Batten Down The Patches

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If you think e-mail phishing is bad, wait until you see the threats marked for your other applications and networks, a panel of seven technology vendors told CU technology managers at the first Credit Union IT Risk Management Summit last month.

"Hackers are preparing for something much worse," said Pierluigi Stella, chief technology officer at Network Box USA, Inc., a Houston-based provider of network security solutions.

Virus threats are moving beyond e-mail to other channels, such as popular Voice-over Internet Protocol (VoIP) telephony and wireless, wide-area and peer-to-peer networks, including Instant Messaging (IM), said the panelists.

Networks are no longer the only target-threats are aimed directly at desktop applications as well, added Justin Mitzimberg, senior risk assessment and forensic engineer at Info@Risk, a security risk consulting team out of Eugene, Ore.

"The firewall companies aren't moving at the same speed as people writing the viruses," said Mitzimberg. "Firewalls don't protect applications."

Stella agreed: "I'm sure you have something to protect you against e-mail attacks but not against these new attacks. These attacks are coming from robots that can create 200 variants of a virus in one night and unleash them incredibly quickly."

Worse yet, professional criminals have jumped on the bandwagon, the panelists said.

"This is not your average Joe messing around in his basement at night," said Andrew Vesay, Information Technology consultant at Compushare. "We're seeing a systematic approach from professional criminals."

CU network security is being compromised by "messy" technologies such as VoIP and IM, which have "cut into the idea that you have a strong perimeter," according to Brent Huston, chief executive officer at MicroSolved, Inc., a Columbus, Ohio-based security and risk management provider.

Employees are the weakest link in the perimeter, many of the panelists asserted. "Hackers are using advanced social engineering to get people to click on links and go wherever hackers want them to go," said Mitzimberg. "Hacking a human is the trend that threats are taking."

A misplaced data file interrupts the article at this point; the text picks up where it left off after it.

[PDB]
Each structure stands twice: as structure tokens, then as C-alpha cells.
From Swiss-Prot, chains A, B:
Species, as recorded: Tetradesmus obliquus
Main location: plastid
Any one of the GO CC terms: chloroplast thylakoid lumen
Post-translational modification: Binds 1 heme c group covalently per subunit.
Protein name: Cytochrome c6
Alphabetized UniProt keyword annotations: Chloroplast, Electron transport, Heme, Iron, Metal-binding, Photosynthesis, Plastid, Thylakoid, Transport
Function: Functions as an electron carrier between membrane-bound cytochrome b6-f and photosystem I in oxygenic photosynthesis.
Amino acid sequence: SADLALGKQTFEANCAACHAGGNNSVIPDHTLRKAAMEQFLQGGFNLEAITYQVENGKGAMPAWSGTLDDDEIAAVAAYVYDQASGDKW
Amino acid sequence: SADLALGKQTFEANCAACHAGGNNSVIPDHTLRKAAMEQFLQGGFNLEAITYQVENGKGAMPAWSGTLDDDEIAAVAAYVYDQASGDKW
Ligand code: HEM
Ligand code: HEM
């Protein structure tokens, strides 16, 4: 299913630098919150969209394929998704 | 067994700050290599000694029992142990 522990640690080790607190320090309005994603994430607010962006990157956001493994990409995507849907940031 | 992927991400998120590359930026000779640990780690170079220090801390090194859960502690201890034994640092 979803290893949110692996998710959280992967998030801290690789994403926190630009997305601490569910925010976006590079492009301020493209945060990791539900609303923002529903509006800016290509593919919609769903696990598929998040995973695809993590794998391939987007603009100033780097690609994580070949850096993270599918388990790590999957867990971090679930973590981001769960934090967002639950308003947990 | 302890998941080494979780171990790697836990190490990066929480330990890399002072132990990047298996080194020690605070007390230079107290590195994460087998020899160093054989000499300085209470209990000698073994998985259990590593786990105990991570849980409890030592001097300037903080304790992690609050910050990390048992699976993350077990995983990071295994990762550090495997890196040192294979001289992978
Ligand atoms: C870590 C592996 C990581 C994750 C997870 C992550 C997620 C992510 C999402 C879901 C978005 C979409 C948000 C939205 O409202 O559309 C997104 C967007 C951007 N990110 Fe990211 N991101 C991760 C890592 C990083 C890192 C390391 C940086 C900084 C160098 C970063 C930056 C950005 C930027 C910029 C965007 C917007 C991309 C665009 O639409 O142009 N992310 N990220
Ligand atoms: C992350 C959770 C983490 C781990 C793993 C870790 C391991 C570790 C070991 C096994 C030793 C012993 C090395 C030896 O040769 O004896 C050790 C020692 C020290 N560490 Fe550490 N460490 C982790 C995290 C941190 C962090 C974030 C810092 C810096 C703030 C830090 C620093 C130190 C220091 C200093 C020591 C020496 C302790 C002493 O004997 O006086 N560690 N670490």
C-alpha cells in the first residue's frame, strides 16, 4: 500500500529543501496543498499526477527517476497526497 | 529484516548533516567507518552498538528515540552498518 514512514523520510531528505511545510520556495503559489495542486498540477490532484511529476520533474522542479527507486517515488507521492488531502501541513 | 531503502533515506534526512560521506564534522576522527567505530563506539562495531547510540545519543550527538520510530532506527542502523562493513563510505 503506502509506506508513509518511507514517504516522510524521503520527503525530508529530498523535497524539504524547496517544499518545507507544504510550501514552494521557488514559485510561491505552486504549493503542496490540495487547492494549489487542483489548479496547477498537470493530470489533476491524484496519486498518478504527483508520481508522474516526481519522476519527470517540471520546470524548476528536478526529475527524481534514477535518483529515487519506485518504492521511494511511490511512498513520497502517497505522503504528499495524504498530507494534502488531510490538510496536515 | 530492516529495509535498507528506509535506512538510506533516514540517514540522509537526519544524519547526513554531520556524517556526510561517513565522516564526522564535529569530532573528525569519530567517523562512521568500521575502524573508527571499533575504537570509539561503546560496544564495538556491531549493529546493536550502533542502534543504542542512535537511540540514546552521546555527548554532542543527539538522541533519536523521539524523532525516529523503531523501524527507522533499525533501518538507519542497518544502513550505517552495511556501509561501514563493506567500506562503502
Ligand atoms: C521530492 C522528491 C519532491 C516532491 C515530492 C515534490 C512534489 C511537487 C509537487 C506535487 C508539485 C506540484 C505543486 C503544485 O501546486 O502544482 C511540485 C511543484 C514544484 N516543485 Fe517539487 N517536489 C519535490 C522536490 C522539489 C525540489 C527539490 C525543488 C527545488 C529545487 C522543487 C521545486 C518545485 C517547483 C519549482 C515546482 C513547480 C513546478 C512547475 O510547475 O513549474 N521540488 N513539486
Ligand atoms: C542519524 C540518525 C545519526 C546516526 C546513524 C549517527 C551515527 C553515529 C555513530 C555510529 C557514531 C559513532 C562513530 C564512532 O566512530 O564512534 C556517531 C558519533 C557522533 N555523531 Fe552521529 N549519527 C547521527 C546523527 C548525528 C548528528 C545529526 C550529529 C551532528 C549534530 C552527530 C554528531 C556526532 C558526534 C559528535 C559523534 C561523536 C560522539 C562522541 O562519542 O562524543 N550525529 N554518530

Employees are often gullible, explained Richard Fleming, vice president of Security & Risk Management Consulting at San Antonio, Texas-based Digital Defense, Inc., a network security solutions provider.

A Great Big Wall, But...

"We've built a great big wall of security but made it convenient for employees to get in," he said. "Many attacks are going on inside the network. If employees see a link, they've got to click it. There's no patch for gullibility."

Often, employees click links or visit sites that inadvertently install anonymous spyware onto network computers, making it difficult to track criminals.

"Anonymous network traffic is the most frightening thing for next year," said Aaron Bawcom, vice president of Software Engineering at Richardson, Texas-based Intrusion Inc., provider of detection and prevention solutions and information compliance.

"If we are unable to find out who is behind the attacks, it greatly exacerbates our efforts to stop them," Bawcom said.

Credit unions must continue to fight the onslaught by assessing their security risk, educating their employees, patching their networks, and pushing for legislation, the panelists said.

The "Top Five" steps against security threats in 2006, according to Huston:

* Switch from perimeter-based security to "asset-centric" security.

* Focus more awareness on internal network and web-based applications.

* Work together to help establish best practices.

* Stay current on the risks from new and disruptive technologies.

* Keep your employees educated against social engineering.

The vendors participated in a session titled Malware, Spyware and Emerging Threats during the three-day Summit sponsored by The Credit Union Information Security Professionals Association (CUISPA).

CUJ Resources

For info on this story:

* CipherTrust at

* Compushare at

* Digital Defense at

* Info Risk at

* Intrusion at

* MicroSolved at

* Network Box USA at

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